The Uber of Athens
In 2011, Nikos Drandakis launched an app connecting people and taxis in Athens.
Nikos Drandakis launched Taxibeat, a mobile phone taxi-hailing app that helps people find taxis, in his home city of Athens in 2011. The app lets people see not just what taxis are available near them, but also gives ratings for each driver and other information such as their car model and languages spoken.
Taxibeat’s revenues come principally from independent taxi drivers, who pay a small commission on all business the app brings them. Passengers pay nothing to use the app. Ratings go in both directions, with passengers rating drivers and drivers rating passengers.
The hardest thing to start with, says Nikos, was getting a critical mass of drivers and customers. Greece’s economic problems helped here. As well as pushing down software writers’ salaries, taxi drivers were keen to explore new ways of recovering some of the business they lost after the country’s economy collapsed during the global financial crisis.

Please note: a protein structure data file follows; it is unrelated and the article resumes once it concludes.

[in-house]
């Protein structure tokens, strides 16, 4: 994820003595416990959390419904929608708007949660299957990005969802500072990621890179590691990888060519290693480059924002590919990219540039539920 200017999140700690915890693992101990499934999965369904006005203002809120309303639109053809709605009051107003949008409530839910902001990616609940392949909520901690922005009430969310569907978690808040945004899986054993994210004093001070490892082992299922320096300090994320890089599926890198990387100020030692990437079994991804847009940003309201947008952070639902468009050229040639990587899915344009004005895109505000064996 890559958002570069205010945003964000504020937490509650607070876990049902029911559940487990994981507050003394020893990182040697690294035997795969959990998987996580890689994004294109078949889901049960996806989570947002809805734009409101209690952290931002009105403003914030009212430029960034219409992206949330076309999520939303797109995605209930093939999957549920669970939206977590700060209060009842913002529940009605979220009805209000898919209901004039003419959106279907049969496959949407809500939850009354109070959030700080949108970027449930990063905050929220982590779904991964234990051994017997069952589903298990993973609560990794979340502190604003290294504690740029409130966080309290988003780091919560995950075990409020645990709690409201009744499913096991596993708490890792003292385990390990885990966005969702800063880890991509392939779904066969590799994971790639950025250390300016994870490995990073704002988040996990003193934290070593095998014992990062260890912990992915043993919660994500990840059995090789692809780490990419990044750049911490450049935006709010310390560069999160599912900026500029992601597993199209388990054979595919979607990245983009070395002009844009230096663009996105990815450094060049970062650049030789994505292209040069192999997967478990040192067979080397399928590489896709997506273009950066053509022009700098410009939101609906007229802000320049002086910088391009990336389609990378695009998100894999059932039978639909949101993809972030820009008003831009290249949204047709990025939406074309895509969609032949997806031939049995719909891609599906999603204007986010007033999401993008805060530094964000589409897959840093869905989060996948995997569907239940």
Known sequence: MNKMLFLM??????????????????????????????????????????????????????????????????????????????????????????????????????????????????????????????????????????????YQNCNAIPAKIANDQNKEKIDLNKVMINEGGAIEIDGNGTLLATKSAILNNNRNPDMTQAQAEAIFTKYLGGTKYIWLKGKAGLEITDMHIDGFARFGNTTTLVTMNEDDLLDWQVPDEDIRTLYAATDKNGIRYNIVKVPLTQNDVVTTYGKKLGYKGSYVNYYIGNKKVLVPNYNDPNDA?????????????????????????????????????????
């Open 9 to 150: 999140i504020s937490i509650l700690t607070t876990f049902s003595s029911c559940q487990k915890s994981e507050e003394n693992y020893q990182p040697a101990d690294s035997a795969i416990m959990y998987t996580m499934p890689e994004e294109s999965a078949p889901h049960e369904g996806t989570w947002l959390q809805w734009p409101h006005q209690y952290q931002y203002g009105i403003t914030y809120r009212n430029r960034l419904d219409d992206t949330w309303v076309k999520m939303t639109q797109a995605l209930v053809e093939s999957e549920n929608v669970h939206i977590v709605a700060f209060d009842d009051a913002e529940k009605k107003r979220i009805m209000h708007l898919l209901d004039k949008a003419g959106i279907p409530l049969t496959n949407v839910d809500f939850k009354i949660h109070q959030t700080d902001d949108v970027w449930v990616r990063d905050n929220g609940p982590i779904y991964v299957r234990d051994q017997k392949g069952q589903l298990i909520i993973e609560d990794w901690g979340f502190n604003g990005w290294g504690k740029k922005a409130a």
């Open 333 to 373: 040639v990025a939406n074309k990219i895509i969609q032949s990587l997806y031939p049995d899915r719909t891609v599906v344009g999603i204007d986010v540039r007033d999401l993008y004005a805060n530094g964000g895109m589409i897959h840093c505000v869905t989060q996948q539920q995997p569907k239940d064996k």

Nikos is now taking Taxibeat to other countries both across Europe and also in Latin America, where it is becoming increasingly popular in Rio de Janeiro and Sao Paulo in Brazil and in Mexico City.
Text and photographs by Francesco Lastrucci
Taxi drivers pay Taxibeat a commission of €0.50 for each passenger the app brings them.
The Other Hundred is a unique photo-book project aimed telling the stories of people around the world who are not rich but who deserve to be celebrated.
The Other Hundred Entrepreneurs: 100 Faces, Places, Stories — the second volume in The Other Hundred series — focuses on the world’s everyday entrepreneurs. It captures the reality that small and medium-sized businesses, rather than tech billionaires or elite MBAs, contribute the majority of the world’s jobs, including half of all jobs in Africa and two-thirds in Asia.
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